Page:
Last Monday, Sarah and I flew 17 hours to Nigeria so Sarah could speak for 45 minutes on stage at a megachurch, about entrepreneurship. The next day we flew 19 hours all the way back again (thanks, jet stream!) whereupon we realized that somehow it was already the weekend.    

Still even spending less than two days in Lagos was an education, not least because it was my first ever trip to Africa. Here are just some of the highlights…

  • Landing at Lagos, exhausted and discombobulated we were almost immediately shaken down for not having proof of immunization against yellow fever. Never mind that European and American passport holders are exempt from the vaccination requirement, the immigrations officer made clear we weren’t going anywhere until we paid her to “solve the problem.”
  • Fortunately, the problem was quickly solved without any money changing hands when our official security escort – accompanied by members of Nigeria’s state security agency –  appeared and whisked us through immigrations with nary a glance at our passports, to a waiting SUV.
  • That, by the way, was my first experience of Nigeria’s dual economy – the way that “rich” Americans (or an American and a Brit) are treated fundamentally differently than regular Nigerians. We benefitted from this same VIP treatment throughout our trip, even down to the lights-and-sirens police escort we enjoyed from the airport to our hotel and back.
  • As a Brit, any type of queue jumping is excruciatingly embarrassing. Being whisked through customs into a motorcade is a special kind of hell, which I tried to offset by apologizing to literally everyone we were whisked past.
  • Everyone (Sarah included) had warned me to expect to feel overwhelmed by the intensity of Nigerians – lots of shouting, lots of getting in your face – which, to the uninitiated, can seem extremely threatening. In fact, everyone I encountered was tranquility incarnate. Although in fairness that night be because we spent the bulk of our time in churches and art galleries, or inside motorcades.
  • We bought a painting!
  • The event at which Sarah spoke – the Platform – is a twice-annual conference about entrepreneurship, hosted by the Covenant Christian Center. The idea being, I suppose, that God wants you to pull yourself up by the bootstraps and get rich. Which is not to be confused with the American notion of the prosperity gospel, in which sinners are told that all they need to do is pray (and tithe) and god will magically reward them with fancy cars and flashy clothes. By contrast, The Platform offered an incredibly diverse (and secular) roster of speakers: The speaker before Sarah was newspaper editor Segun Adeniyi who gave an impassioned presentation on how/why Nigeria needs to ween itself from the oil industry. The speaker afterwards was Dr Anil Gupta who offered what one attendee described as a 45 minute MBA. Not a single huckster, snake oil salesman or tech douche to be found and a near equal female/male speaker ratio. American conferences could learn a lot.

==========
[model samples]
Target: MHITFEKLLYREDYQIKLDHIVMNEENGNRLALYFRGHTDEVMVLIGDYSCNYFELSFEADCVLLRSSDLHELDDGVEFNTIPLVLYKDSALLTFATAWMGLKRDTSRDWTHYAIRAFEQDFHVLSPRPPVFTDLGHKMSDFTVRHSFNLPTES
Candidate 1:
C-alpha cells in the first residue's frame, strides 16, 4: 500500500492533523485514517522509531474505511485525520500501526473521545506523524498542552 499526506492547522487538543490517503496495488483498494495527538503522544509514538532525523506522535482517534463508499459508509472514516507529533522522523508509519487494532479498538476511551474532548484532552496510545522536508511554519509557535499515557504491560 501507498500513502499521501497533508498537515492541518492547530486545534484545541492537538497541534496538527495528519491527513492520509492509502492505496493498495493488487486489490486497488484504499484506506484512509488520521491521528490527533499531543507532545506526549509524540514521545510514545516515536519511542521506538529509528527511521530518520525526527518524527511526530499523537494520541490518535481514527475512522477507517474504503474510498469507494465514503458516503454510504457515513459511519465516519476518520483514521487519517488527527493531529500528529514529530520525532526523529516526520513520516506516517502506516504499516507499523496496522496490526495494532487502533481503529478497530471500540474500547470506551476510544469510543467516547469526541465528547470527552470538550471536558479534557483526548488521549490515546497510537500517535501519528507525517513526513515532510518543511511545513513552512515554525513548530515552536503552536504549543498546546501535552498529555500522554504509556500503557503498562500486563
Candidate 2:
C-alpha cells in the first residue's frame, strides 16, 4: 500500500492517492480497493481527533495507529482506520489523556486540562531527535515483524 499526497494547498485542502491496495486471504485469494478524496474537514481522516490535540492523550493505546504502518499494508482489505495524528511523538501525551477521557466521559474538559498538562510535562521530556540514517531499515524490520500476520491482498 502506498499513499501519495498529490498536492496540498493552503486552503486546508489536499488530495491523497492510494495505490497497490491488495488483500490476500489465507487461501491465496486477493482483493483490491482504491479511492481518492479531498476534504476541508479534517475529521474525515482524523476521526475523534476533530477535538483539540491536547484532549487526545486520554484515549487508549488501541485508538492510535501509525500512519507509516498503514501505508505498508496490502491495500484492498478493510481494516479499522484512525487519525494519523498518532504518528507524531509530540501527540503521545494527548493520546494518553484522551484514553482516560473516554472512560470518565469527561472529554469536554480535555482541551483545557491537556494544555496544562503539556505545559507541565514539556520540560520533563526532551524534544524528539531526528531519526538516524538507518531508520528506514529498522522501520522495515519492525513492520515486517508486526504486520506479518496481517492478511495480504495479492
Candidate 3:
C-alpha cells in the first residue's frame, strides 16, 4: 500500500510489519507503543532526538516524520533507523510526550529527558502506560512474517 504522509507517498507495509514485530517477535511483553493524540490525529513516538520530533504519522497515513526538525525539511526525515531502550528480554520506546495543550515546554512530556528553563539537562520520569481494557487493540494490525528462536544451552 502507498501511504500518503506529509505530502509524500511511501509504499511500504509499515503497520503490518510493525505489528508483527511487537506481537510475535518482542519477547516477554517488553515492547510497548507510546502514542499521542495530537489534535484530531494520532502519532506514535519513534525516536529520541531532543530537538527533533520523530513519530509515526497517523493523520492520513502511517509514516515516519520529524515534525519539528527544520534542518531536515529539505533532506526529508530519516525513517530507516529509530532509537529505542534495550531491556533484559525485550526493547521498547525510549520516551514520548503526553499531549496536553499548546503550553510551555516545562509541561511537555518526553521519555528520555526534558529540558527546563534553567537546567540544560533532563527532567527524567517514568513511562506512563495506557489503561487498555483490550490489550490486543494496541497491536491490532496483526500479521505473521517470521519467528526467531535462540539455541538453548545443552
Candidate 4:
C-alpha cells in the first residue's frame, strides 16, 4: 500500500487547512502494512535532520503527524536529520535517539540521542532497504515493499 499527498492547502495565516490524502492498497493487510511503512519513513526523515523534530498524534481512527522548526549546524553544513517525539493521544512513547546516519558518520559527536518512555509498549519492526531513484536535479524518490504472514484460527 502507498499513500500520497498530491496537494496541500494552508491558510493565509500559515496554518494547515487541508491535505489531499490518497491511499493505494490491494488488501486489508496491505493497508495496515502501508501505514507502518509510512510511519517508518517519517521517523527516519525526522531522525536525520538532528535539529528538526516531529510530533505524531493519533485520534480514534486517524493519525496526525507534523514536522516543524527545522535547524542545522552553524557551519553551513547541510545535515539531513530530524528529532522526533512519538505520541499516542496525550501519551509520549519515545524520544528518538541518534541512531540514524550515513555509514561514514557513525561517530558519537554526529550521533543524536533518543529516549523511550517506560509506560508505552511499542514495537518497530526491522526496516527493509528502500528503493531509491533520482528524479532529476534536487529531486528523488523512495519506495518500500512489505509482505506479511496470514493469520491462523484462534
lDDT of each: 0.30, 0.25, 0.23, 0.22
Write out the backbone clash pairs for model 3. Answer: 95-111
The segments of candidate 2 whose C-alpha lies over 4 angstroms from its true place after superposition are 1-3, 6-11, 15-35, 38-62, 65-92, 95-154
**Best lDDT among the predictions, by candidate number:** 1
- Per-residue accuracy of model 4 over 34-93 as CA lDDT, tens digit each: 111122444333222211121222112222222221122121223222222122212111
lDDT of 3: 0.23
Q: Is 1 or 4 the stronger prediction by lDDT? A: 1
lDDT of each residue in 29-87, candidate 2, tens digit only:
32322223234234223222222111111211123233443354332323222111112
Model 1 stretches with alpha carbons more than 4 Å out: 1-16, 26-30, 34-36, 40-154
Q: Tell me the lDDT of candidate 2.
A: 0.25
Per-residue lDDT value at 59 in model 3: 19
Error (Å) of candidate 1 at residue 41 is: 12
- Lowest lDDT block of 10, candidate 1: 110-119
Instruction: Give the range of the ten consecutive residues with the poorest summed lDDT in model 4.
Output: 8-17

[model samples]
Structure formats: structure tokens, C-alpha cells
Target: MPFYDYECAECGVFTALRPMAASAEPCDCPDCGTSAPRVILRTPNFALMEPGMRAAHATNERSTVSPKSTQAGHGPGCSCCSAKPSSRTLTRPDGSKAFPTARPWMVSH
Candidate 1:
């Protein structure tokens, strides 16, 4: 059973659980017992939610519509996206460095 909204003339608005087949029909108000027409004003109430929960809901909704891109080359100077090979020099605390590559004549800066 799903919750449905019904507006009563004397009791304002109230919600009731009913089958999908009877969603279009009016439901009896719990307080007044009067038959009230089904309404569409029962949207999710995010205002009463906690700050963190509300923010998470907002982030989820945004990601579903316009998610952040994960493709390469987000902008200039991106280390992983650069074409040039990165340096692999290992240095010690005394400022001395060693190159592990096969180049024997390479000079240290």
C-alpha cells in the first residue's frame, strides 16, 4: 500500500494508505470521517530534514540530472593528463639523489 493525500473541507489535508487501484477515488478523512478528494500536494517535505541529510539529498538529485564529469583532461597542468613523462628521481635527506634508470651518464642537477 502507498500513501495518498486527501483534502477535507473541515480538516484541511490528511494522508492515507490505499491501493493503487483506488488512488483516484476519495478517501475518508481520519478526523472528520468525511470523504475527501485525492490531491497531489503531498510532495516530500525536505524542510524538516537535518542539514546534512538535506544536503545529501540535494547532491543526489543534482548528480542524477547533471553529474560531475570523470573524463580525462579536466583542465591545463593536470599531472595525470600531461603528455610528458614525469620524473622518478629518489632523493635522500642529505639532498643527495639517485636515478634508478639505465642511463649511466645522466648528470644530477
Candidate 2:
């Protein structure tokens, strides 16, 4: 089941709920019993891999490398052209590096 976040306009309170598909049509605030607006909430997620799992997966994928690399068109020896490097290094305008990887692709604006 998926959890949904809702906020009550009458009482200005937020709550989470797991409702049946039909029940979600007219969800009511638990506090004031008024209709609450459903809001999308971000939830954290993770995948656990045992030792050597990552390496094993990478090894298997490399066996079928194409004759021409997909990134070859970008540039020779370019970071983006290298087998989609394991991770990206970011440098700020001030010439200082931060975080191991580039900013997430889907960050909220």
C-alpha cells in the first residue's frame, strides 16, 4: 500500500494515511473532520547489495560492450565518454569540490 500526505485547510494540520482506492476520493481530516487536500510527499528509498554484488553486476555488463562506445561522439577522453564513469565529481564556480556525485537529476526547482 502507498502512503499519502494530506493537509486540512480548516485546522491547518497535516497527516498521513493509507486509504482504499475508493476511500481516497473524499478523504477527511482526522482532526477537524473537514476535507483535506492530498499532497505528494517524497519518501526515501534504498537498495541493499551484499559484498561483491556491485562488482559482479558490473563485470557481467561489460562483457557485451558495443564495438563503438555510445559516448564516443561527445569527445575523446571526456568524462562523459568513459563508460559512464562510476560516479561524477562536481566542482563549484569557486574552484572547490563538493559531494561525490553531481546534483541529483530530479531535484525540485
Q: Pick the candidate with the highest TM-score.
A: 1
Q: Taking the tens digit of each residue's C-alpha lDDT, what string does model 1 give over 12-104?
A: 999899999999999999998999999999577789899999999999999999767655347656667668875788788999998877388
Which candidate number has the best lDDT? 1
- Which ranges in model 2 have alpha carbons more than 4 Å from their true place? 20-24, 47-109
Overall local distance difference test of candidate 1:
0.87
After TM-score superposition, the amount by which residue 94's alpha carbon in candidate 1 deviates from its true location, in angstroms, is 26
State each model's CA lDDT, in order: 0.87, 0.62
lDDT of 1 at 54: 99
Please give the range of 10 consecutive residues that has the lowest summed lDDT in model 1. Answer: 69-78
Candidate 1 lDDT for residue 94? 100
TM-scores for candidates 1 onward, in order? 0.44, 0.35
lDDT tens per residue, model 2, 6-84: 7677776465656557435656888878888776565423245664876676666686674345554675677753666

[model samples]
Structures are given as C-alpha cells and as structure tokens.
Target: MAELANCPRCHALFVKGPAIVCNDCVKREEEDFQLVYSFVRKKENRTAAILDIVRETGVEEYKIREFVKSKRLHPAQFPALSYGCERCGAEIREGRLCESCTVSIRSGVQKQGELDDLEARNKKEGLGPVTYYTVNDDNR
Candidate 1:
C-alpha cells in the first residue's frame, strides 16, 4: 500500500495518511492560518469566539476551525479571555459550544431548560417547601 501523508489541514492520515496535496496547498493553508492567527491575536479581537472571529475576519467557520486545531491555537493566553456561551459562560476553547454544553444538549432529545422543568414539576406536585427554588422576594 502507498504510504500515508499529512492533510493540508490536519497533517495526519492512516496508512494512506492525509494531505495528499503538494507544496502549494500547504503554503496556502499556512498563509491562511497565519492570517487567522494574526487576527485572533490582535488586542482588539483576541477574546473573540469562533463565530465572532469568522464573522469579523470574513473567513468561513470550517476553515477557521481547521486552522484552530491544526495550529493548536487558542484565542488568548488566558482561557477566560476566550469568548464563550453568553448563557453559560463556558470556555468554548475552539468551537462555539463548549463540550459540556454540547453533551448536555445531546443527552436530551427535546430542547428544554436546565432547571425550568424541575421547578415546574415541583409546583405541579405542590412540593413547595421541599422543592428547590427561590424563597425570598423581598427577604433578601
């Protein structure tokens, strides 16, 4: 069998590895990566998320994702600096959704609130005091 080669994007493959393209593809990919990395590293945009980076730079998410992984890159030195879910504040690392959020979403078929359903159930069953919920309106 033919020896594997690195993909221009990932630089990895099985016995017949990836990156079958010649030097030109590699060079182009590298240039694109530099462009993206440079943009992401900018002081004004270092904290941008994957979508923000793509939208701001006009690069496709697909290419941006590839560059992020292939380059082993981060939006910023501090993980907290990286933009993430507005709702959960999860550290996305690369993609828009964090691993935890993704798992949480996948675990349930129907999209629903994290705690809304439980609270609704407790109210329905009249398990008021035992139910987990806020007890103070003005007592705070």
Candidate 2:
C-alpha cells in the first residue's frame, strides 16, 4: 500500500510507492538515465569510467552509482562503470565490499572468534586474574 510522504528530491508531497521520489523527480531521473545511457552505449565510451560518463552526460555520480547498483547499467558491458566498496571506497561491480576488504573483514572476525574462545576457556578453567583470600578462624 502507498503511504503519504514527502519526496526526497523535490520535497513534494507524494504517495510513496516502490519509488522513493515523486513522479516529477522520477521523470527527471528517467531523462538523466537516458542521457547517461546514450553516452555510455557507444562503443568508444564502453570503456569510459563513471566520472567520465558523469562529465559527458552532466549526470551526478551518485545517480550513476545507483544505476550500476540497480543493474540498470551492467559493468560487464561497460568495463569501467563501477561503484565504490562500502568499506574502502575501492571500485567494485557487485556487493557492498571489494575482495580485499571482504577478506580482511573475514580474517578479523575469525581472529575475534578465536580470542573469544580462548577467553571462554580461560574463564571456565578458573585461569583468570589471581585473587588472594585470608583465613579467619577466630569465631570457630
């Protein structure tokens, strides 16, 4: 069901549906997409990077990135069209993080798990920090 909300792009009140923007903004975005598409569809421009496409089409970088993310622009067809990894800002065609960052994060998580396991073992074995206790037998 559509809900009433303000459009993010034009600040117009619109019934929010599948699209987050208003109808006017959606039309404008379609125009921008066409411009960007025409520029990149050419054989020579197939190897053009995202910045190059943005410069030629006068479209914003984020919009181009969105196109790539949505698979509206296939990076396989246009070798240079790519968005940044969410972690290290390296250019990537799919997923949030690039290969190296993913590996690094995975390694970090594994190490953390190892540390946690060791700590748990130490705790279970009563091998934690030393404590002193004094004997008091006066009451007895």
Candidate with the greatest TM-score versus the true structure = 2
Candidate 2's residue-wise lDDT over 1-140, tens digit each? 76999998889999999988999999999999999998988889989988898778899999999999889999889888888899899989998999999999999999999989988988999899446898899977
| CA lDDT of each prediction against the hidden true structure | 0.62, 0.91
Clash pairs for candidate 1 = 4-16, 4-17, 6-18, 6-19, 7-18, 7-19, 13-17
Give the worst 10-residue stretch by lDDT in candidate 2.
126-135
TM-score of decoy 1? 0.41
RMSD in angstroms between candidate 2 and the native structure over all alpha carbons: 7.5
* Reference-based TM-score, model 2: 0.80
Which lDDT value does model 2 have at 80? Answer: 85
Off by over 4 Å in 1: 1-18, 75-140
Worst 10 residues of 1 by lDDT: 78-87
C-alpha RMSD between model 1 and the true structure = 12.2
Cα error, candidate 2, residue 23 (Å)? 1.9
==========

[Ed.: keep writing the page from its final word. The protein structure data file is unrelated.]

• Having said that about fancy cars and flashy clothes, actually God did send me some flashy clothes. Specifically, at dinner after the conference, I happened to mention to the wife of our host that I hoped to go shopping for one of the amazing brightly colored shirts I had seen people wearing around the city. Ah, she explained, you can’t really buy those off the rack – they tend to be custom made by local shirtmakers and tailors. The next day, an immaculately dressed man appeared at our hotel, introducing himself as one of the Covenant Pastor’s flock and explaining he had been sent to measure me for a shirt. He offered a fat book of fabric swatches and took about two dozen different measurements. Then he was gone. Less than twelve hours later, as we waited for our motorcade to the airport, the same man reappeared to deliver my new shirt. Which, it goes without saying, fit dazzlingly. In Nigeria, God works in mysterious ways, with an impressively fast turnaround time.
  • I ate my own bodyweight in chicken and rice.
  • The police escort did prove useful on the return drive – which, it turned out, coincided with the country’s labour day holiday. We had been warned that the roads would be gridlocked, but this wasn’t American gridlock, this was a special kind of African gridlock. Not an inch of movement for hours, in any direction. Unless of course you have a convoy of police cars clearing the way for you, making you feel like an obnoxious, privileged, neo-colonial asshole. 
  • An obnoxious, privileged, neo-colonial asshole who didn’t miss his flight!
  • It was only at the airport as we prepared to fly home that I finally encountered one of the angry, shouting people I had been told to expect in Lagos. He was yelling at a poor woman over some trivial ticket misunderstanding, bringing her close to tears.
  • The angry, shouting man was the gate agent for Delta. 

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